Slowing Buybacks Drag On Buyback ETFs

Broadly speaking, U.S. companies just cannot seem to get it right when it comes to timing share repurchase programs. During the dark days of the financial crisis in 2008 and 2009, with equity prices depressed, share buybacks dwindled, but as the S&P 500 soared in 2013 and 2014, buybacks were all the rage.

That scenario is being replayed in 2015. With U.S. stocks struggling, companies are backing off of buybacks. In the second quarter, share repurchases by S&P 500 member firms slid 8.7 percent to $131.6 billion, down from the $144.9 billion posted in Q1 2015, according to S&P Dow Jones Indices. There is some good news: On a year-over-year basis, share repurchases increased 13.2 percent over the $116.2 billion reported during the second quarter of 2014, said S&P Dow Jones.

Buyback retrenchment is, not surprisingly, hampering some of the exchange traded funds dedicated to that particular cause. For example, the PowerShares BuyBack Achievers Portfolio PKW is off 8.6 percent over the past six months while the SPDR S&P 500 Buyback ETF SPYB, PKW's newer rival which debuted in February, has lost more than 10 percent since coming to market.

PKW is currently trailing the S&P 500 on a year-to-date basis, something the largest buyback ETF has done only twice in the past six years.

“On a sector basis, Information Technology continued to dominate buybacks as their percentage of the Q2 buybacks increased to 27.9% from 24.3% in Q1. Energy was again noticeably lower, declining to 2.7% of buybacks ($3.5 billion) from 3.8% ($5.5 billion) the first quarter and 7.5% ($8.7 billion) in the second quarter of last year, as lower share prices and more prudent spending have impacted the sector. Consumer Staples posted a 28.8% drop, as Consumer Discretionary posted a 17.4% increase over their first quarter expenditure,” said S&P Dow Jones.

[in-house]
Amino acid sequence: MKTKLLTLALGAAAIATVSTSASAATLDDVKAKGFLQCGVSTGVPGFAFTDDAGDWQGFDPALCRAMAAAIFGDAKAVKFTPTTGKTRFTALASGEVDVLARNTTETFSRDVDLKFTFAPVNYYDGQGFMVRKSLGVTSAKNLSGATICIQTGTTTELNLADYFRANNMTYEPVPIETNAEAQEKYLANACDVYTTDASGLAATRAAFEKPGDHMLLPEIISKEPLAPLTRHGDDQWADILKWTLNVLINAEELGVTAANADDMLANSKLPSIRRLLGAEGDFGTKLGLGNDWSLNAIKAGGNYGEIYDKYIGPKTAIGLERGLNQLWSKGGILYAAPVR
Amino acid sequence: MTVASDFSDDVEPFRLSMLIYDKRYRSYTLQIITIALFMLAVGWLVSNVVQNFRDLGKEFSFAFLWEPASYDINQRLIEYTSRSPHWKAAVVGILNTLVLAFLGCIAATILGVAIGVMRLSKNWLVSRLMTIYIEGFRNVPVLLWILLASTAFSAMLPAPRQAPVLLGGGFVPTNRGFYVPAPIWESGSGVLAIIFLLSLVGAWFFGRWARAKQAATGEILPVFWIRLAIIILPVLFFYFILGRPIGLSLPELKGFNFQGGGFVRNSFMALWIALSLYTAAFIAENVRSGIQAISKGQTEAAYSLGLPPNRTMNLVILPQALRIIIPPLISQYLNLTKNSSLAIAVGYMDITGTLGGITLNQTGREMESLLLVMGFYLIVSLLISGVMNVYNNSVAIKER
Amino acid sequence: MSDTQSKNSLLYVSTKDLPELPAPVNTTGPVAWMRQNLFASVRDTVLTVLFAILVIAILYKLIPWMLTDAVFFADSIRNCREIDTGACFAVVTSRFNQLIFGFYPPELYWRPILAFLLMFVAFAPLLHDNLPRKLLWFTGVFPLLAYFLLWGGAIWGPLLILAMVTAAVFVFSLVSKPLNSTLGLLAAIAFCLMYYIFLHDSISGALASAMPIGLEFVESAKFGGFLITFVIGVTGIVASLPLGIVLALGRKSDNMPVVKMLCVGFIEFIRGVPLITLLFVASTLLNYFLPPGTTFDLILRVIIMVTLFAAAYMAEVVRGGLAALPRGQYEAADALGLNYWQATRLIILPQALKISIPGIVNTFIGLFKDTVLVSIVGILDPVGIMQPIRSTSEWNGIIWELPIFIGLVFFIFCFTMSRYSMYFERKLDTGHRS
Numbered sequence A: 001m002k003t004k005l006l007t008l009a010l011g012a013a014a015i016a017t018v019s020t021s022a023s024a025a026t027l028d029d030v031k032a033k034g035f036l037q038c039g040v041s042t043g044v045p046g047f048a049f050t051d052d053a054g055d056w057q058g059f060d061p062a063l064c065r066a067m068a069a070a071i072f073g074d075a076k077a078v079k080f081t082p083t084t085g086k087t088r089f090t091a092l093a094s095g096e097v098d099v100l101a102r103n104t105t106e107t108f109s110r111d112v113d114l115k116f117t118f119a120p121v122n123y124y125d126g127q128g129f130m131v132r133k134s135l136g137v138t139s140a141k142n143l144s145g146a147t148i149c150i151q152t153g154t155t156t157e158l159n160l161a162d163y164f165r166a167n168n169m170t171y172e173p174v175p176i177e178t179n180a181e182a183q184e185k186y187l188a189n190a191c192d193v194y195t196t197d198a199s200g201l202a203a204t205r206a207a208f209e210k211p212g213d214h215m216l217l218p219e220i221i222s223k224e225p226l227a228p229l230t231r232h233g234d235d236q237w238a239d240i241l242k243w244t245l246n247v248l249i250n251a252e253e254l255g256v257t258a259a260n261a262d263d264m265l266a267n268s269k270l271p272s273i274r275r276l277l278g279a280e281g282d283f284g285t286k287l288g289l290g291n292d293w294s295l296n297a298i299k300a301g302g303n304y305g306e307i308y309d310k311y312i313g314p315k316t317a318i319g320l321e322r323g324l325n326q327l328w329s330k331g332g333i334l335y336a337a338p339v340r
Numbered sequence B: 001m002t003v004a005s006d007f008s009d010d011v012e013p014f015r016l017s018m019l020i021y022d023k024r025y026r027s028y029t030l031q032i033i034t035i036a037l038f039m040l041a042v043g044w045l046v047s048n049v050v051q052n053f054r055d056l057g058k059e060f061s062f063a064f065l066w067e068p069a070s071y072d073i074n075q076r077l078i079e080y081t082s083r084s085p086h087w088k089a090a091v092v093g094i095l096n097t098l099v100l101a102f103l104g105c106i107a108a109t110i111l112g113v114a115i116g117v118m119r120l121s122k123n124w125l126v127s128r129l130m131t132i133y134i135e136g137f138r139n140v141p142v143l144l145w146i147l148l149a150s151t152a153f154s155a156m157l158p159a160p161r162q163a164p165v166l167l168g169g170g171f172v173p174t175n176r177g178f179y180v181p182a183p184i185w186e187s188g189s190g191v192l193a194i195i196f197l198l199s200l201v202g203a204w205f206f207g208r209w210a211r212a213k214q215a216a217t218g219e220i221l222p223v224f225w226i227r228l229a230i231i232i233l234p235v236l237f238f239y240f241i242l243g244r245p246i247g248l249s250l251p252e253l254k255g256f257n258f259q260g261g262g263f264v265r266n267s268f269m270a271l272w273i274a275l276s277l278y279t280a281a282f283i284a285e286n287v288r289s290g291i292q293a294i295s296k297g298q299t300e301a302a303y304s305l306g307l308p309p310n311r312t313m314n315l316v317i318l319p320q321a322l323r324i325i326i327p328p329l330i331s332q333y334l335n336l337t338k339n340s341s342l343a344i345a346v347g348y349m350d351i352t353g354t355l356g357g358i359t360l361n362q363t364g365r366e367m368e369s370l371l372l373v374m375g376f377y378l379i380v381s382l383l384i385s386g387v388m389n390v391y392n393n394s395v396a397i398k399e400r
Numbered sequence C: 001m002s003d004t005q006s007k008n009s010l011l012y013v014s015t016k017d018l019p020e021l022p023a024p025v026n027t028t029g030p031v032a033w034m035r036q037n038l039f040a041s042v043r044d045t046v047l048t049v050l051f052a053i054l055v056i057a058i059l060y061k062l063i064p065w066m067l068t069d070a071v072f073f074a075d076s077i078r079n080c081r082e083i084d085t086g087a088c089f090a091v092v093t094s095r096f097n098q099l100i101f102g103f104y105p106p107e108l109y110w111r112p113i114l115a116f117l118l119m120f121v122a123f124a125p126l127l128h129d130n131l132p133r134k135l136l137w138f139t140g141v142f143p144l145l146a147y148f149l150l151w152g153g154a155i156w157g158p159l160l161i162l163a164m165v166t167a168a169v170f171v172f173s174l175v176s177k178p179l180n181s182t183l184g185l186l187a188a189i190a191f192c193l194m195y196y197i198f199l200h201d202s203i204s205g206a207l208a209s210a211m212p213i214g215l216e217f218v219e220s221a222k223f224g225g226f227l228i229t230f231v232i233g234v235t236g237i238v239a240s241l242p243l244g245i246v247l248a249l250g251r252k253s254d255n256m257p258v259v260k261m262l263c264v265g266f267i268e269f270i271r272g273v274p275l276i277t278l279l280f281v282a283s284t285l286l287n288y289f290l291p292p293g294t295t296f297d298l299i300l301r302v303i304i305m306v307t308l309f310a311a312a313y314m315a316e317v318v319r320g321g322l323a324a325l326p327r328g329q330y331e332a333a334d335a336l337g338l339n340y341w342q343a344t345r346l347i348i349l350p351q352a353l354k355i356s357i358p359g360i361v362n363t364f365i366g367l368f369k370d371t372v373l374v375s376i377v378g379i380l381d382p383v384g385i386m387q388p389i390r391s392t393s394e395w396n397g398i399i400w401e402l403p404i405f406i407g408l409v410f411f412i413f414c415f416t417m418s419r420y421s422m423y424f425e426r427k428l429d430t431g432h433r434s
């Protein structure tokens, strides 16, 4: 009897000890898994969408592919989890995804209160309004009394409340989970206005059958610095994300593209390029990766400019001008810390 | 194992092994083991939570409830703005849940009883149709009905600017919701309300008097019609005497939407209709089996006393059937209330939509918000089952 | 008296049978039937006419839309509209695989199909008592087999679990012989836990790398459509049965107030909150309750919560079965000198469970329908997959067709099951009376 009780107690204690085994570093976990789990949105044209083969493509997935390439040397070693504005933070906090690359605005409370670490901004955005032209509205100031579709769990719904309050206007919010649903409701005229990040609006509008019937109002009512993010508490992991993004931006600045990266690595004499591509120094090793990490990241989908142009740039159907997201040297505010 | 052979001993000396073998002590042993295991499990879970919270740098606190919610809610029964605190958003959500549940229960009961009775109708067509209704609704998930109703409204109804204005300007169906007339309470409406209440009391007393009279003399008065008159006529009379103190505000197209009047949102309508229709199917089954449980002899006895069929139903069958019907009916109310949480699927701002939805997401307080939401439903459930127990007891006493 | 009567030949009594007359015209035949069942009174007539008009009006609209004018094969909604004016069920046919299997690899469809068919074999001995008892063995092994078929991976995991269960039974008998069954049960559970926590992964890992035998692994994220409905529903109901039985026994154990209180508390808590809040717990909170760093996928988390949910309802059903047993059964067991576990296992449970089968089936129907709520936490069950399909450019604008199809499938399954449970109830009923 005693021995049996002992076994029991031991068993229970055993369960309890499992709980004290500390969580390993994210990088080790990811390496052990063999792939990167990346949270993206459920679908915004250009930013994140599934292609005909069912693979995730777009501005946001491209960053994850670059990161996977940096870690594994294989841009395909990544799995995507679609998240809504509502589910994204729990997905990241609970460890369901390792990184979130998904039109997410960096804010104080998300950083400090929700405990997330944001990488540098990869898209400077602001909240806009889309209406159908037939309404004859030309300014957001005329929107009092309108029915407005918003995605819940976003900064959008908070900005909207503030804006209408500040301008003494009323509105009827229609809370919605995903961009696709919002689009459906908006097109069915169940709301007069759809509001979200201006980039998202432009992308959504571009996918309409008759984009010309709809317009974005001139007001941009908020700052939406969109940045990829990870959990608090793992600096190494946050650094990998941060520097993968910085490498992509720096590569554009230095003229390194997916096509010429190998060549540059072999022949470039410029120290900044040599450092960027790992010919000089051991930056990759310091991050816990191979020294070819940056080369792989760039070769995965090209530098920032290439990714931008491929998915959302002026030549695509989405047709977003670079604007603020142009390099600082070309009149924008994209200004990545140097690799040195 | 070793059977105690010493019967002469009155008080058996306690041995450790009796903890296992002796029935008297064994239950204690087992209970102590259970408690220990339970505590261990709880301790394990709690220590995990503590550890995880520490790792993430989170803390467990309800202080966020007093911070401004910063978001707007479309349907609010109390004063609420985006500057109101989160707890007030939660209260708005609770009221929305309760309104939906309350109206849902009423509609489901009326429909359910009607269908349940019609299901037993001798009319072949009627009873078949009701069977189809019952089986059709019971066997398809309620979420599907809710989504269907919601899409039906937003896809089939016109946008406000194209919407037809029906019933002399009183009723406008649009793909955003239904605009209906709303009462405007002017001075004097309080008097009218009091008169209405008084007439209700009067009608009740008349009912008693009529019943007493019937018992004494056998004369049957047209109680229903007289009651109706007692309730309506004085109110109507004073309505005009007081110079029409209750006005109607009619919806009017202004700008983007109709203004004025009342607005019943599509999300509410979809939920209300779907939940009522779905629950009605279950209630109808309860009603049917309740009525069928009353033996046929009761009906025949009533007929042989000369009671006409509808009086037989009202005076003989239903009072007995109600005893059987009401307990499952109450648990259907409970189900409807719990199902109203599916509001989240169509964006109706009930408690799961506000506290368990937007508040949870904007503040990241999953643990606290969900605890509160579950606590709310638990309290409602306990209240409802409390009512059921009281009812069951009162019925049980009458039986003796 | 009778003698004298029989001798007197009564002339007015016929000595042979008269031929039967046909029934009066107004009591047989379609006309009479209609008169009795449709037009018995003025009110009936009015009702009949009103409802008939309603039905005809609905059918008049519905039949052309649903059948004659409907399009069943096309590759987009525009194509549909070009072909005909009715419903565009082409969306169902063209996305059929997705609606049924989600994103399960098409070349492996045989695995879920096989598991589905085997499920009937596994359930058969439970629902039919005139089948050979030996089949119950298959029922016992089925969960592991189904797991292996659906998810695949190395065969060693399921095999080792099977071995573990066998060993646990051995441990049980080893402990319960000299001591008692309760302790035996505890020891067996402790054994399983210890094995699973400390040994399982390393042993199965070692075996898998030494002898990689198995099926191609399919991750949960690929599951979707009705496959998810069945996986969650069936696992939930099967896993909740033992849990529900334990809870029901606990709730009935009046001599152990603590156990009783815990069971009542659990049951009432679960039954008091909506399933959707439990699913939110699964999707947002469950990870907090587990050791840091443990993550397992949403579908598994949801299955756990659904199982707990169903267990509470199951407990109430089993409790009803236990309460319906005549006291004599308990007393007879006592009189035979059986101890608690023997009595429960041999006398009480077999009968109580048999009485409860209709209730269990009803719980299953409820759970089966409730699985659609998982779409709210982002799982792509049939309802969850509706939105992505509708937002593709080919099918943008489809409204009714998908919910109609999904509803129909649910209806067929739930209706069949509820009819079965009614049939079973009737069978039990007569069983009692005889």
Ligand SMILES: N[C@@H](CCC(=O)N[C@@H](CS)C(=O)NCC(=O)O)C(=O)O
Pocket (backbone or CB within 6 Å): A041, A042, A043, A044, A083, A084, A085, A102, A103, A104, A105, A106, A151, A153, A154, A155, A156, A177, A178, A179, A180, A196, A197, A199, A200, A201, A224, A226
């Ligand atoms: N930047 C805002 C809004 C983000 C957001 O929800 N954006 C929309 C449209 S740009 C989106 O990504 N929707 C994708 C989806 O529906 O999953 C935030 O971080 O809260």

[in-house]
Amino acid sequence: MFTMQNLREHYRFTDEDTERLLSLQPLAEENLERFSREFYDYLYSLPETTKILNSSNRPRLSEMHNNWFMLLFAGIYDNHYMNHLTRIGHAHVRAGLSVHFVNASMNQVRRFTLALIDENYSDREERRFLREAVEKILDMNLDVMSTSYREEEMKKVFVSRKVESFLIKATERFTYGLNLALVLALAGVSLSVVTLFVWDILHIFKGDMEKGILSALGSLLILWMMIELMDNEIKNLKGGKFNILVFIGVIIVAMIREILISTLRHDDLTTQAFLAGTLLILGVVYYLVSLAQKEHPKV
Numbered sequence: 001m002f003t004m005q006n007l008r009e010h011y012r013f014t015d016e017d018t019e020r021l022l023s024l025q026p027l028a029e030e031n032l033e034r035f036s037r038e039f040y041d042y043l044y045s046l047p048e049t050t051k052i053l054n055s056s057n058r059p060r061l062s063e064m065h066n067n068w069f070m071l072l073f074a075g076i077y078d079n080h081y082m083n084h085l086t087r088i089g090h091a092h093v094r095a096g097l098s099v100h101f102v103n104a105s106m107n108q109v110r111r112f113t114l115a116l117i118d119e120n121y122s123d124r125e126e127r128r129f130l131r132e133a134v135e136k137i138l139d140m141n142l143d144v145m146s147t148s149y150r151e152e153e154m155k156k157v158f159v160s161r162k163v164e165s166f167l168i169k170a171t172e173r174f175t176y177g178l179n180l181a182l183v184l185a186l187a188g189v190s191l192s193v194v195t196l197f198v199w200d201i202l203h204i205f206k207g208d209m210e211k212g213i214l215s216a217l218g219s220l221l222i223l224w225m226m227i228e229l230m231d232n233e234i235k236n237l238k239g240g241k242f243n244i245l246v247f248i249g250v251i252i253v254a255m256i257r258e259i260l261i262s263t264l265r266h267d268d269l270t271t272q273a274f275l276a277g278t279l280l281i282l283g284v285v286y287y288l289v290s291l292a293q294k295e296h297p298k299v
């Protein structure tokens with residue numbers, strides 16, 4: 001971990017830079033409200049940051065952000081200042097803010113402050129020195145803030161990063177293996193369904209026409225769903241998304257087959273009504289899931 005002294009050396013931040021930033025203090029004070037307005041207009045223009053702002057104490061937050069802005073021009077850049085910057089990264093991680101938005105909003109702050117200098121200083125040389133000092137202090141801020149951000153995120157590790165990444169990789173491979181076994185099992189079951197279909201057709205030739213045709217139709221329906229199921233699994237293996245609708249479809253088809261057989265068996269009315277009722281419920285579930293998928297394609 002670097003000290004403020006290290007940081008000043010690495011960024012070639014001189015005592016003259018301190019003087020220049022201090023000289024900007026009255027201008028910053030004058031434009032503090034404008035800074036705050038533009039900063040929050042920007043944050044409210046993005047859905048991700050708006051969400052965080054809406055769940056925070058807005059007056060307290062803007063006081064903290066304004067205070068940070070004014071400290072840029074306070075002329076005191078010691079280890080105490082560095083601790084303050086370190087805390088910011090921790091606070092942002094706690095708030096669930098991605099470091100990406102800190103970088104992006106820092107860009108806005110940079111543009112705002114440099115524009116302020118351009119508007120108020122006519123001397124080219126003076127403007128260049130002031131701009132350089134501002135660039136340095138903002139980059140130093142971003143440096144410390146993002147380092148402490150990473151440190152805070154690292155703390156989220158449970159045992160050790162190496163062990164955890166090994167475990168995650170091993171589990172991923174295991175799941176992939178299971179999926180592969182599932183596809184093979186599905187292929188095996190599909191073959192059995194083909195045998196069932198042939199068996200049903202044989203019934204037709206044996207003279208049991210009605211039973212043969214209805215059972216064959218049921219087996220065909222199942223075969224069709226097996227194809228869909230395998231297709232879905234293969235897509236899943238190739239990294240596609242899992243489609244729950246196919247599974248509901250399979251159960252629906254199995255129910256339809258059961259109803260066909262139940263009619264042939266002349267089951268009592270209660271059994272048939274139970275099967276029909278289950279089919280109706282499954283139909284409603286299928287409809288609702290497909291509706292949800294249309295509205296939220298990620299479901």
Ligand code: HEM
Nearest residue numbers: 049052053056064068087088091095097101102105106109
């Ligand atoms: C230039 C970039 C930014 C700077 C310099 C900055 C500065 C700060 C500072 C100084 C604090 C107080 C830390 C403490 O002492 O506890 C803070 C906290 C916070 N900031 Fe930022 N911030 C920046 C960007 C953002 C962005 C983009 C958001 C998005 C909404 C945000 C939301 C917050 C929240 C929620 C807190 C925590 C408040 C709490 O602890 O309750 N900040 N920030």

Although the buyback ETFs follow different indexes and use different weighting methodologies, consumer discretionary and technology stocks are the largest weights in both funds. PKW allocates a combined 50.2 percent of its weight to those sectors while SPYB's allocation to those sectors is nearly 42 percent.

PKW tracks the NASDAQ U.S. BuyBack Achievers Index, which “is comprised of U.S. securities issued by corporations that have effected a net reduction in shares outstanding of 5 percent or more in the trailing 12 months,” according to PowerShares.

SPYB follows the S&P 500 Buyback Index, an equal-weight benchmark that “provides exposure to the 100 constituent companies in the S&P 500 with the highest buyback ratio in the last 12 months. The buyback ratio is defined as the ratio of the total cash put towards buybacks in the trailing year and the market capitalization of the company as of a reference date,” according to a statement issued by SSgA.

During the second quarter, Apple Inc. AAPL was the largest individual share repurchaser, buying back $10 billion of its own shares, up from $7 billion in the first quarter, according to S&P Dow Jones. Express Scripts Co. ESRX was in second after buying back $5.5 billion of its stock followed by semiconductor giant Qualcomm Inc. QCOM, which repurchased $5.4 billion of its shares.

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